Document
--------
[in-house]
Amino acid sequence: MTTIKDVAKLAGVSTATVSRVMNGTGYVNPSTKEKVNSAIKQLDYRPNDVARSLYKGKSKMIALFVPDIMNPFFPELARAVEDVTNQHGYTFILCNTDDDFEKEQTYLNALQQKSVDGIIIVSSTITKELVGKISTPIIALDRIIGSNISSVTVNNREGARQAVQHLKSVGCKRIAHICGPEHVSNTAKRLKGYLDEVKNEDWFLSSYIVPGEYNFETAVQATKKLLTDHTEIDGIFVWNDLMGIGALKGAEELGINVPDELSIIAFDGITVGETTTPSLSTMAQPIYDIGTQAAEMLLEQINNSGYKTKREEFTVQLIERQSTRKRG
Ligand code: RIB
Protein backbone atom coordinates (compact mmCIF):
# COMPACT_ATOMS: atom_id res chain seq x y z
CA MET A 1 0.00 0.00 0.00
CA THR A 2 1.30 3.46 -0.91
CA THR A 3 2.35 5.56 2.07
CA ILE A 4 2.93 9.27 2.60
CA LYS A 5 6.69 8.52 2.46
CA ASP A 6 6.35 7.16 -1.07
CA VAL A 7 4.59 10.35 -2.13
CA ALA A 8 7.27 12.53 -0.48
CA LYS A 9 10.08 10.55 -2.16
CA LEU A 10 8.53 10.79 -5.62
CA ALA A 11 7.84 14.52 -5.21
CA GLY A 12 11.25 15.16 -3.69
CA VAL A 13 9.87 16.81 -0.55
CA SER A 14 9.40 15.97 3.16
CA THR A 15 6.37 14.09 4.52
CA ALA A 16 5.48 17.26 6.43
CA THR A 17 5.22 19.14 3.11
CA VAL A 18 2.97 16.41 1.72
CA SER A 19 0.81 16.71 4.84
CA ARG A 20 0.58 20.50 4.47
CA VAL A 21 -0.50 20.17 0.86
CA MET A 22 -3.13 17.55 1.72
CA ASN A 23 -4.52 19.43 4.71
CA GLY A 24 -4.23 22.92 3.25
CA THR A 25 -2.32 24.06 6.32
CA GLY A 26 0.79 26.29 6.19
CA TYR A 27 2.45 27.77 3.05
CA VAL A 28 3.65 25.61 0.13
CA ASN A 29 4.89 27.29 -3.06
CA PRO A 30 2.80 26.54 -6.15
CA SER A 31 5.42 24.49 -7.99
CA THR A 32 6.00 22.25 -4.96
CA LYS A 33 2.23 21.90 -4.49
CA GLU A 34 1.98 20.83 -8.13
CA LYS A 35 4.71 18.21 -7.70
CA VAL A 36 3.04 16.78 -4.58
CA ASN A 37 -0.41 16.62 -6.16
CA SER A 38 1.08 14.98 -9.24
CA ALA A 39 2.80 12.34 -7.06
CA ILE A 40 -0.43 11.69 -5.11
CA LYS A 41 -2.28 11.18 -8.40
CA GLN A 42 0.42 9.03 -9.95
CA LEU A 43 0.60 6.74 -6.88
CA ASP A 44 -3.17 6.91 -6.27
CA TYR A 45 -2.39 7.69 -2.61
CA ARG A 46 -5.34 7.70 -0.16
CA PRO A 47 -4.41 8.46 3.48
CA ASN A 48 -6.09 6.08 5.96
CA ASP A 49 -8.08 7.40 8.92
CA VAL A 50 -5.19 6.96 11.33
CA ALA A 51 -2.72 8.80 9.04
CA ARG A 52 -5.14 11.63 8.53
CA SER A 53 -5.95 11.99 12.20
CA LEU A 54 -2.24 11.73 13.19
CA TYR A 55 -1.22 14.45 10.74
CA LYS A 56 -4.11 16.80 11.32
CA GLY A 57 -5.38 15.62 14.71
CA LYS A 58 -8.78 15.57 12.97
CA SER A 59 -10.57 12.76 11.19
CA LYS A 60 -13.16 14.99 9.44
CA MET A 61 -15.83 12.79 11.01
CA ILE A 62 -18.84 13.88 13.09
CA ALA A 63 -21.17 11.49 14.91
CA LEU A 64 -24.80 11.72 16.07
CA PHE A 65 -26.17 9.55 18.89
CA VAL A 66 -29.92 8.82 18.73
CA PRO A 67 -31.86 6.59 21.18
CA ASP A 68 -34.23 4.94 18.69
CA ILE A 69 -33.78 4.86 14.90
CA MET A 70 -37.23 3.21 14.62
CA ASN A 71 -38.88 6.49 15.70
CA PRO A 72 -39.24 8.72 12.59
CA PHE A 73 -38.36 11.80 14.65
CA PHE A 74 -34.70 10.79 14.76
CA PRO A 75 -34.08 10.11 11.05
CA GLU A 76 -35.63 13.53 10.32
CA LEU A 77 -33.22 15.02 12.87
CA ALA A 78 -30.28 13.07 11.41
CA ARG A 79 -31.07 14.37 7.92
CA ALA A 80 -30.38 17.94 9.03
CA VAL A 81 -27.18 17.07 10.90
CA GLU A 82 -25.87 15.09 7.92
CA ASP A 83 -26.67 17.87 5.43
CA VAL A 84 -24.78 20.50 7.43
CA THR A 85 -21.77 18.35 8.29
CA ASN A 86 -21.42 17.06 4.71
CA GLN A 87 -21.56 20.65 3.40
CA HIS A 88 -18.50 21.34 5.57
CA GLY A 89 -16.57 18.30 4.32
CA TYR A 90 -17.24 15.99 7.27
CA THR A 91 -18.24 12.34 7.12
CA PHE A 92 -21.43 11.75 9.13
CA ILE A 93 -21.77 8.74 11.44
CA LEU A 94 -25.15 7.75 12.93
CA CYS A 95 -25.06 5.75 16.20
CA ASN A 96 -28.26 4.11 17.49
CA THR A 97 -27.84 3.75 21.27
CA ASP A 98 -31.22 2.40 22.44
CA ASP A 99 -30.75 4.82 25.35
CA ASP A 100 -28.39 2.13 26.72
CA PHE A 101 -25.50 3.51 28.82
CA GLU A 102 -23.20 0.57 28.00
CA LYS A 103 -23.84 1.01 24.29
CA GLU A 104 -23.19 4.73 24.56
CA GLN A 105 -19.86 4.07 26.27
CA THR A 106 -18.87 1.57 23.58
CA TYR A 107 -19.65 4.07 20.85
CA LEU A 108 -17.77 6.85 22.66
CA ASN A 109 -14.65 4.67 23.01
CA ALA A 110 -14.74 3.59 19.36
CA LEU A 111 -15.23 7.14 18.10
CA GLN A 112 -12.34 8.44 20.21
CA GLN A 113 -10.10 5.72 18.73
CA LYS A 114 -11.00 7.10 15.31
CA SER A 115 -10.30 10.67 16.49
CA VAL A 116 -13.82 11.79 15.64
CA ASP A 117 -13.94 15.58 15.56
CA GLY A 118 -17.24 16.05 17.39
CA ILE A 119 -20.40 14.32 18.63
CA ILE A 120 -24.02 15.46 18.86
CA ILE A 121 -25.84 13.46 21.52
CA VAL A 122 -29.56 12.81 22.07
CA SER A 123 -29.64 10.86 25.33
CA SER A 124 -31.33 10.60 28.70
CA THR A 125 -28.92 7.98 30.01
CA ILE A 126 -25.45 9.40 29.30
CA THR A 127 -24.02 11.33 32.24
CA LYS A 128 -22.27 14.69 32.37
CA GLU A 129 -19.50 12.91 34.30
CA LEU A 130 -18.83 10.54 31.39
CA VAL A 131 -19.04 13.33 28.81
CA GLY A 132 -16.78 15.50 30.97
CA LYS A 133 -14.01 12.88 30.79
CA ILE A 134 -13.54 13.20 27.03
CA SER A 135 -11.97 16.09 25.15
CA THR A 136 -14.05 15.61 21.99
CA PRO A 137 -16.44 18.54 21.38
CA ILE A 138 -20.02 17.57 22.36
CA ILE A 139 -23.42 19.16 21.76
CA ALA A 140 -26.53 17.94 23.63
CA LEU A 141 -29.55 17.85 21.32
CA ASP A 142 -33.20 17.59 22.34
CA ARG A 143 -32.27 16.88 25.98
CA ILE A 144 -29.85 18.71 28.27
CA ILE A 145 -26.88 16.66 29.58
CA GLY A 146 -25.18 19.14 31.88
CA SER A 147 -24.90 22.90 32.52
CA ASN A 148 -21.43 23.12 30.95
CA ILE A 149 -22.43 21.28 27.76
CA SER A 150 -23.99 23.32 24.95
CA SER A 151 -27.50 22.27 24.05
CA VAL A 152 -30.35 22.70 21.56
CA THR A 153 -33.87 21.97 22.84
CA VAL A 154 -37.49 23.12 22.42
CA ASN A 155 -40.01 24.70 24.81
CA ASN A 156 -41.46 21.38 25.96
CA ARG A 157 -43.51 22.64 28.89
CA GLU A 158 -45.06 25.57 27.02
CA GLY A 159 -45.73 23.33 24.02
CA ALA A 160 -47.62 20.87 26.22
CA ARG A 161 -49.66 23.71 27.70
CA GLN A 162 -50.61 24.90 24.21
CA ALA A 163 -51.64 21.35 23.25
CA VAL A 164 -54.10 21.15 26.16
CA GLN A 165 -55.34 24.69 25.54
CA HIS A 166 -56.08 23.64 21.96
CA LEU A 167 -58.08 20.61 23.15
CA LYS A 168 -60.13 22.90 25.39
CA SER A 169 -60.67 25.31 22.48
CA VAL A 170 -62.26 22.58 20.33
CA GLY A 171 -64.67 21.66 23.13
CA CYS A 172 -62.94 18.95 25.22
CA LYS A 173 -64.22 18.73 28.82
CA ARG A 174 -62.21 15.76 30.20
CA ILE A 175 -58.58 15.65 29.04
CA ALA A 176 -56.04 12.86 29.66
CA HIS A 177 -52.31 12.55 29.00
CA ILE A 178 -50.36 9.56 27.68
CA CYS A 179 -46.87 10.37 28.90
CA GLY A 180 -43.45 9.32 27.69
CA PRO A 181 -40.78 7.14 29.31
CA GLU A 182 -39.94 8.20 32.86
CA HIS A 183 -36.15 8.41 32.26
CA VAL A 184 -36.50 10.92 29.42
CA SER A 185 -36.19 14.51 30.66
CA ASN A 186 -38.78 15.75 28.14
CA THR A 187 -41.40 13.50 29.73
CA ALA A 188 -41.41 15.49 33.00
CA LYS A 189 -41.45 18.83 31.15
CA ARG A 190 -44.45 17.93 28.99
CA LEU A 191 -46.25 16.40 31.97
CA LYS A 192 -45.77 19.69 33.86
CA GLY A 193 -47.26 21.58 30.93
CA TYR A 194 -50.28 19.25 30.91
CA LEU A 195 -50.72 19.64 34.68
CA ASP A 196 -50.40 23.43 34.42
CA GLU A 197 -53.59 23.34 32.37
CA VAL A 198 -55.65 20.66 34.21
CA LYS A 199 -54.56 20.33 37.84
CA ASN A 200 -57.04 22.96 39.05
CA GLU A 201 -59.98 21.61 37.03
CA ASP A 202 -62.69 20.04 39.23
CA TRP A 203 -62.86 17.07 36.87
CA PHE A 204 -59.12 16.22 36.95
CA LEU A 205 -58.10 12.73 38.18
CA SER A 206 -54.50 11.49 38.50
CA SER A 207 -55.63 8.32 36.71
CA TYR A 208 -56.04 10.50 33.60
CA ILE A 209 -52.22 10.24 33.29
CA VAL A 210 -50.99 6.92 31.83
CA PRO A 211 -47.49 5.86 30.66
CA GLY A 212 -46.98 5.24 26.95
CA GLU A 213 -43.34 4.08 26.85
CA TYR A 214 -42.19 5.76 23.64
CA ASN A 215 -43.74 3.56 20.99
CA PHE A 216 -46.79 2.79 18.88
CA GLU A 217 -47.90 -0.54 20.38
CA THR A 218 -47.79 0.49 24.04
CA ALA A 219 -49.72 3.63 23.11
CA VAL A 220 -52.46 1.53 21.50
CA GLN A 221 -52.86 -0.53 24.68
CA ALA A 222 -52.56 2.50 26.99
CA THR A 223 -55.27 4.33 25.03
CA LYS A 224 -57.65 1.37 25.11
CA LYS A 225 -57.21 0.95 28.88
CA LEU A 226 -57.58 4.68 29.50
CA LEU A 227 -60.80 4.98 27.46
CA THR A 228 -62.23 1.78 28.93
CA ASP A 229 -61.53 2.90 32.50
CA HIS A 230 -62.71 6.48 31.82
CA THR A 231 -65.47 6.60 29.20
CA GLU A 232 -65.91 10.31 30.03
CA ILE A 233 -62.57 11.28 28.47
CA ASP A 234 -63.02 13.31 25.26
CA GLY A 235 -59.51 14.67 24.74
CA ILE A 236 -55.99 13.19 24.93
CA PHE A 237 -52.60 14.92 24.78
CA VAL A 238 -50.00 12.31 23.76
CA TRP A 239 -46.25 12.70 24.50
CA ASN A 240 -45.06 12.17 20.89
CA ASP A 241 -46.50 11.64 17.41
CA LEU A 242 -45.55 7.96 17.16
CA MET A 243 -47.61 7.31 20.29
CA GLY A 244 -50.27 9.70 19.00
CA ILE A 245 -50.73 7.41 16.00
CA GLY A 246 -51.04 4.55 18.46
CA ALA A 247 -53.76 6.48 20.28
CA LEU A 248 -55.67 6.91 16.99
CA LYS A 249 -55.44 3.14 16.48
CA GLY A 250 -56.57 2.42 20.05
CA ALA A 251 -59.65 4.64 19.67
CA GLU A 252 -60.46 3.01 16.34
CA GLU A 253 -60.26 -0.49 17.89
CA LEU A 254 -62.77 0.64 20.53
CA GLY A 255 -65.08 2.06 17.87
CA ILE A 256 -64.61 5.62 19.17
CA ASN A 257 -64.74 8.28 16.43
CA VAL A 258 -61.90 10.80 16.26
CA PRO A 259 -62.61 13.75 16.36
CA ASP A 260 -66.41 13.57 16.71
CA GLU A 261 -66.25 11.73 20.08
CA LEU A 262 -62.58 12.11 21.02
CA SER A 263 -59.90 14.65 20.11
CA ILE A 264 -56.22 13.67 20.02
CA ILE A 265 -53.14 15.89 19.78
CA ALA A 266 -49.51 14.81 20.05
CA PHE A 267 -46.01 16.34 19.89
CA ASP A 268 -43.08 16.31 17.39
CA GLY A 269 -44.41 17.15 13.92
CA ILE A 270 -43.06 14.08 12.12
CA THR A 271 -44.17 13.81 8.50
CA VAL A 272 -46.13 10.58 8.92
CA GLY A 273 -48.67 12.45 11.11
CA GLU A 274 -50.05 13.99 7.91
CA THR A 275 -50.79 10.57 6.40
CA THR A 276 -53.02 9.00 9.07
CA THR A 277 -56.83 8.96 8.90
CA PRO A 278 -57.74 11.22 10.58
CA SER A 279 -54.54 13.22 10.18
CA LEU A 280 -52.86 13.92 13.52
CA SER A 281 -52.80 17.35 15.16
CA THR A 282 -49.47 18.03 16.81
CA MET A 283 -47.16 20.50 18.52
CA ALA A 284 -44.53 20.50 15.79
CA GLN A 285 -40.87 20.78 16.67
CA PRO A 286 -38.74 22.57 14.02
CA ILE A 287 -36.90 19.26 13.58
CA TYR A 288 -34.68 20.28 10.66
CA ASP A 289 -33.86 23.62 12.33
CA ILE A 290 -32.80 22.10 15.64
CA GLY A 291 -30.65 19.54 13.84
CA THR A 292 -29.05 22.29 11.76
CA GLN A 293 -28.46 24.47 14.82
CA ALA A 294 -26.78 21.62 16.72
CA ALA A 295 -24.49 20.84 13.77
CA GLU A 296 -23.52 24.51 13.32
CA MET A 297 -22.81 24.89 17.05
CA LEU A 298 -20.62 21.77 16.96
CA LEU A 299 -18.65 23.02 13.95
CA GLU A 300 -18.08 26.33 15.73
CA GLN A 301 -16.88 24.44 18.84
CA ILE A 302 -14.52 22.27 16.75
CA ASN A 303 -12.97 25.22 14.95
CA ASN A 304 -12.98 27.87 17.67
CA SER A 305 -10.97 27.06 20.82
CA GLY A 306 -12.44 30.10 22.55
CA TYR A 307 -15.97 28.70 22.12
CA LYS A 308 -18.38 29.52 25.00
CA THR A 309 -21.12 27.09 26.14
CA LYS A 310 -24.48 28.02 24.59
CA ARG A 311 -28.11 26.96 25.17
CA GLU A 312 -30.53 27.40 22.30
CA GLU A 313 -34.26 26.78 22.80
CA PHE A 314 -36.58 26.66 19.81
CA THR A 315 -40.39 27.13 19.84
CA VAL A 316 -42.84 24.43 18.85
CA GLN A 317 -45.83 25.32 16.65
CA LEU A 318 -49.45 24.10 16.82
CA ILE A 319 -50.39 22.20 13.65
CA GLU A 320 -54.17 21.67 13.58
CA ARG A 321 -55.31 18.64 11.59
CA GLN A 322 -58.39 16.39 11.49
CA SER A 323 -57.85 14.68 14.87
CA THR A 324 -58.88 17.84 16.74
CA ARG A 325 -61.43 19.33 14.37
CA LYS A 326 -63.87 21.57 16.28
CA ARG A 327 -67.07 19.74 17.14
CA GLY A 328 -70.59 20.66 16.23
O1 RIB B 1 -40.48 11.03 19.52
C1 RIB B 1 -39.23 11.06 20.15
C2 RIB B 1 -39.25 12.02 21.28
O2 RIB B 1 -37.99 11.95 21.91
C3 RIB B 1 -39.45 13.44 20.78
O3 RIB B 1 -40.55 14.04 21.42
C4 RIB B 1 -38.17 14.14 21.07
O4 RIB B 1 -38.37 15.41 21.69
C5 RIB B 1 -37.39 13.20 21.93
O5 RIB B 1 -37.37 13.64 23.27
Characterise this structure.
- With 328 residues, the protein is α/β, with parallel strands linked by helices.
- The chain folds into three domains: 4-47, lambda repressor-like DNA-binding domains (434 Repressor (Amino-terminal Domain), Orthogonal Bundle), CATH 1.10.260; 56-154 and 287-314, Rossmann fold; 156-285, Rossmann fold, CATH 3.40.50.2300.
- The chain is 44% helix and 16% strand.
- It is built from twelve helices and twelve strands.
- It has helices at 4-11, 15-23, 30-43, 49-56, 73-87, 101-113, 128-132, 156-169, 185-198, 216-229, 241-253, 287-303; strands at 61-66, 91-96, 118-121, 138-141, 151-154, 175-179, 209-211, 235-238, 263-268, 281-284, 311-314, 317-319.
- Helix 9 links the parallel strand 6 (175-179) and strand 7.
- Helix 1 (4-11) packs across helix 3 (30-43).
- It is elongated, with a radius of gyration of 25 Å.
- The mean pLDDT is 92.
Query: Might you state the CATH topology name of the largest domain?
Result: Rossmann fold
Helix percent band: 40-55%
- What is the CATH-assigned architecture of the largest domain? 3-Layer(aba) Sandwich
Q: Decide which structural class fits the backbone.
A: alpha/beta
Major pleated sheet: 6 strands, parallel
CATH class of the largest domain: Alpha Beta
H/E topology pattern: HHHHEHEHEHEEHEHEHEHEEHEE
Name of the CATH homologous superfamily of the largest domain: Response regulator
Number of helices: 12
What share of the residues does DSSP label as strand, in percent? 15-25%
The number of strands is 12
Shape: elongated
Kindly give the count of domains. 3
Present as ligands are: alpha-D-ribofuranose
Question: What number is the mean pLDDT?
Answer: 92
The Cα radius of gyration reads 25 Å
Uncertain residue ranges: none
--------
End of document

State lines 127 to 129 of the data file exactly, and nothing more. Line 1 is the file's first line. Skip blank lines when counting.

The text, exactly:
CA VAL A 122 -29.56 12.81 22.07
CA SER A 123 -29.64 10.86 25.33
CA SER A 124 -31.33 10.60 28.70